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29 September 2020
FITTER. BETTER. HAPPIER.
Public Domain Pictures/Victor Tangermann

This App Claims It Can Hear COVID-19 in Your Voice

"We've heard that the nasal swabs return a disturbing number of false negatives."
by Dan Robitzski / July 21 2020

As some companies re-open their offices or plants, some workers may find themselves asked to partake in a strange new morning ritual: Answer a few questions about their health, take their temperature, and say “ahhh” into their phone.

After a few seconds, an app called Sonde One will make a snap decision. If their temperature is too high or they sound sick, it will tell them to stay home with a warning that there’s a good chance they caught COVID-19.

The app, made by healthcare developer Sonde Health to counter the coronavirus pandemic, doesn’t diagnose any diseases — as CEO David Liu was careful to emphasize on a call with Futurism. But it does search for symptoms in an oft-overlooked biomarker: the voice.

“When there’s disease and symptoms occur, they do affect different parts of your body. To speak, that takes over 100 different parts of the body,” Liu told Futurism. “The brain, muscles in the jaw, tongue, mouth, throat, all the way down to your lungs and heart — they all come together in concert in order to give your body the ability to speak.”

“When your body is suffering from a symptom of a disease,” he added, “you will notice — and it’s audible to the human ear — that something physiologically is affecting your ability to speak, your voice.”

It’s a relatively new way to probe for disease. But companies are already taking note. Asking employees to say “ahhh” into their phone for a few seconds per day is much less disruptive — and expensive — than lining everyone up to take their temperature or requiring actual coronavirus tests.

Sonde’s app isn’t the first to attempt to test for COVID. Earlier this year, researchers at Carnegie Mellon University released a similar project that analyzed users’ voices for signs of the respiratory illness.

Sonde already has one large client sold on the app. The cloud computing firm SHI International plans to deploy it for its 4,200 employees in August.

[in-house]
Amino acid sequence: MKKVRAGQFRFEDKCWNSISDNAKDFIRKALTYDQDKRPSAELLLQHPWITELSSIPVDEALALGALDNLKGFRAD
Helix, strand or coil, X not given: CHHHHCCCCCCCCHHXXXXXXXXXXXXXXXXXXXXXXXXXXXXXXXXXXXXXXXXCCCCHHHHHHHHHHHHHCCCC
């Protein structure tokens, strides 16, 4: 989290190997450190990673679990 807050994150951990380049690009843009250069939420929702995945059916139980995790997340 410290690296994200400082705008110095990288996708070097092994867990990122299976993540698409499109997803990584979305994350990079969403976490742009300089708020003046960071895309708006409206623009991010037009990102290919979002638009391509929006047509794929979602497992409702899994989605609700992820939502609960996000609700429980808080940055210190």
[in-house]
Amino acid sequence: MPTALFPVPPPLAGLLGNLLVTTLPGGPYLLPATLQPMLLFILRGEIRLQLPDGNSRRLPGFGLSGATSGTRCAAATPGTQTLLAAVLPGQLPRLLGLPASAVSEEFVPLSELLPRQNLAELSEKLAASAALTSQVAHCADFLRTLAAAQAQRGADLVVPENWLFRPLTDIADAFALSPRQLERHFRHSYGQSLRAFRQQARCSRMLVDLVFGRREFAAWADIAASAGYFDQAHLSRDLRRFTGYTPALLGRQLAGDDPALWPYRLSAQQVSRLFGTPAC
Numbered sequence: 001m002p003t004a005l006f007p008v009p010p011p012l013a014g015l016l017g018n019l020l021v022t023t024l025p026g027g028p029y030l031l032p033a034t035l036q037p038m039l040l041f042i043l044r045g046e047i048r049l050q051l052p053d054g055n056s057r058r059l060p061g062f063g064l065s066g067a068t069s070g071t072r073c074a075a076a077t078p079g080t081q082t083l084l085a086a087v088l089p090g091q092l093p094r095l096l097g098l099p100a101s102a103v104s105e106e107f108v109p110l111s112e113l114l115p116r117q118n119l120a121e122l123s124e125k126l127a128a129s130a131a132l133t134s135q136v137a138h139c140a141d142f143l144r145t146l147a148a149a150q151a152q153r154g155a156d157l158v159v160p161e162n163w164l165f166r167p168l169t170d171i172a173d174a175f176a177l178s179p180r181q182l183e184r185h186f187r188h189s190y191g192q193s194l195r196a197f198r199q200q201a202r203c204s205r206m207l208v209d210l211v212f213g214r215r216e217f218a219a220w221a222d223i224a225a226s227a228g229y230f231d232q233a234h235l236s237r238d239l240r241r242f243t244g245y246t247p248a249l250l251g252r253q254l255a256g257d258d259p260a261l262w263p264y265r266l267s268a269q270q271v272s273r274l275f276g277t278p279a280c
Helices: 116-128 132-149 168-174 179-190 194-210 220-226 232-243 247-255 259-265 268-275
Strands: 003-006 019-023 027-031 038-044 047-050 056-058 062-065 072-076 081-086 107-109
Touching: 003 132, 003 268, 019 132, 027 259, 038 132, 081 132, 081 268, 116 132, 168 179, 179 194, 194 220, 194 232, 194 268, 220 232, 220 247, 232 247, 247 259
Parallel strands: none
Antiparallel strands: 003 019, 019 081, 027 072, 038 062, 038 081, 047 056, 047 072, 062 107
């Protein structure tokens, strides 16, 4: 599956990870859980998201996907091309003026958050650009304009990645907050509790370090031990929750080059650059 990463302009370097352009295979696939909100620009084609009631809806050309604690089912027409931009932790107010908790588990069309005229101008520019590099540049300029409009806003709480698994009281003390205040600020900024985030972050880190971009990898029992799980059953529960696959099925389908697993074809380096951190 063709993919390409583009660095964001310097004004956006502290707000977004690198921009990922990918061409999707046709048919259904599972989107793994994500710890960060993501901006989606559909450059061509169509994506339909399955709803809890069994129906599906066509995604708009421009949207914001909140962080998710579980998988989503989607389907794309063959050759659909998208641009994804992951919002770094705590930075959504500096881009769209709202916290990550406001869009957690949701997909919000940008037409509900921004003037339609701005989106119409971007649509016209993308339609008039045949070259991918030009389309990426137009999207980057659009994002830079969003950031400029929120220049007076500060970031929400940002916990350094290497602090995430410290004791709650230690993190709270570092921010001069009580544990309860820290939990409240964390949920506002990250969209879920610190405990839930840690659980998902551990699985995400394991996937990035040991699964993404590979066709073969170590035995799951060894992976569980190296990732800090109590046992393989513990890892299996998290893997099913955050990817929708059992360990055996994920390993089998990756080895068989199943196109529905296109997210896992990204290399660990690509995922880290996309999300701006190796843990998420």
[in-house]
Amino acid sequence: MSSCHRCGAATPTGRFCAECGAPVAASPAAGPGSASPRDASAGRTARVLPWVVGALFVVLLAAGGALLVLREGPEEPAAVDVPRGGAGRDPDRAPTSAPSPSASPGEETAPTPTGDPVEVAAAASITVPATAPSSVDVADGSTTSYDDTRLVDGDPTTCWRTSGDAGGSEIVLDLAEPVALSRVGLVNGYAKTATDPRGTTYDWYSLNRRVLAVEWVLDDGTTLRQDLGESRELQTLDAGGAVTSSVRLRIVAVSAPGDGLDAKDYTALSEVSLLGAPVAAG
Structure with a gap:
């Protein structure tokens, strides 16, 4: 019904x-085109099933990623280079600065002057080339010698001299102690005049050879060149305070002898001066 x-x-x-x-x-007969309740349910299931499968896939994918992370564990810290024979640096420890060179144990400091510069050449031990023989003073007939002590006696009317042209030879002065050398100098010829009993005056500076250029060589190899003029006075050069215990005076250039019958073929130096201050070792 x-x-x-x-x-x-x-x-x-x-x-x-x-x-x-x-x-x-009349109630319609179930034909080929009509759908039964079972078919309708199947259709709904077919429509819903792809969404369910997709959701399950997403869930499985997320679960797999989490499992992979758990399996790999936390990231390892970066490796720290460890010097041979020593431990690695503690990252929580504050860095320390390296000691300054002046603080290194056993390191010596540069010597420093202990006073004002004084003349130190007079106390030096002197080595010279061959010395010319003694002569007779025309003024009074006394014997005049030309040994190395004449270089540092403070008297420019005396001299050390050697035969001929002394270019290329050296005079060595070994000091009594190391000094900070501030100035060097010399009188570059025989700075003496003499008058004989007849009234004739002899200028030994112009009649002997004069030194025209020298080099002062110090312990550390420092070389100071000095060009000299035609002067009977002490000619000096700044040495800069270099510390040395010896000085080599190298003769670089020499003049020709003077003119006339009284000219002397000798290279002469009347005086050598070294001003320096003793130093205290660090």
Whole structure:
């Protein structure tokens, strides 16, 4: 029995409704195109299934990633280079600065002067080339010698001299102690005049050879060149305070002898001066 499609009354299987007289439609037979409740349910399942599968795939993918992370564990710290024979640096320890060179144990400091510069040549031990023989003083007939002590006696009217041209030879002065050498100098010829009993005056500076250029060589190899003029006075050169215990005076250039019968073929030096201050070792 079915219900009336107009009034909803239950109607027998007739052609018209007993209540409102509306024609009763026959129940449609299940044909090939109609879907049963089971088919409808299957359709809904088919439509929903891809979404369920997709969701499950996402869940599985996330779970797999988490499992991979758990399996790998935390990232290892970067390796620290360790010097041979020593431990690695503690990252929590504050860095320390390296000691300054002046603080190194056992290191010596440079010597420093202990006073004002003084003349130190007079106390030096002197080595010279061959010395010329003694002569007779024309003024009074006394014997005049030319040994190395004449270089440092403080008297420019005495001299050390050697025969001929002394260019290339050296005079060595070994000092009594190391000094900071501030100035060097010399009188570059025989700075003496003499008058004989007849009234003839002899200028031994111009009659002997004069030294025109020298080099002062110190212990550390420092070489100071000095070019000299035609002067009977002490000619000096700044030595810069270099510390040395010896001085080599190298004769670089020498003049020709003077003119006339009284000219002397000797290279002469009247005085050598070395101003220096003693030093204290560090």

Liu clarified that it’s up to Sonde’s customers to decide what threshold of risk they’re willing to accept from the questionnaire, temperature, and audio analysis.

“The voice analysis, what comes out of that is a score,” Liu said. “A risk assessment: either, high, medium, or low. And that’s respiratory symptom risk. When we work with employers, we provide them this data, and employers create a rubric. We don’t actually decide who stays home.”

Sonde One also, Liu repeated, doesn’t actually identify COVID-19. In fact, the company is only just now testing the app on coronavirus patients. Rather, he says, it determines how likely it is that someone is experiencing the respiratory symptoms that are often linked to the disease.

“Currently our machine learning model has been shown to have an accuracy of over 70 percent for detecting the presence of acoustic voice changes that occur in patients with a range of specific respiratory diseases including asthma and COPD,” Liu said in a follow-up email.

It’s a distinction that’s important for legal purposes — and when asked to compare Sonde One to coronavirus nasal swabs and blood tests, Liu is quick to argue that one shouldn’t replace the other.

“You’ll never hear us say that we will replace a nasal swab type of test,” Liu told Futurism. “Those serve a certain need for diagnosis.”

But he added that the swabs are cumbersome, and requiring them for employees at a large company like SHI would be a logistical nightmare, to say nothing of the long wait for results that many Americans have experienced.

“It’s going to be difficult to expect people to do that daily,” he said.

Speaking into a phone for six seconds is certainly less disruptive than sticking a swab in every employee’s nose, but Liu added that his company’s big data approach might also improve upon the tests in general.

“We’ve heard that the nasal swabs return a disturbing number of false negatives, and that’s kind of disturbing,” he said. “That’s the reality of what we’re seeing: more data more often will win the day, I think. You want to be able to know right away, right when they’re developing symptoms, so you can prevent spread.”

Overall, Liu said, he wants to offer an app that’s as simple and non-invasive as possible so that people will actually use it.

In a country where many still refuse to wear masks in public, that may not be the worst idea.

“It’s really important for us to get this as widely adopted as possible,” Liu said.

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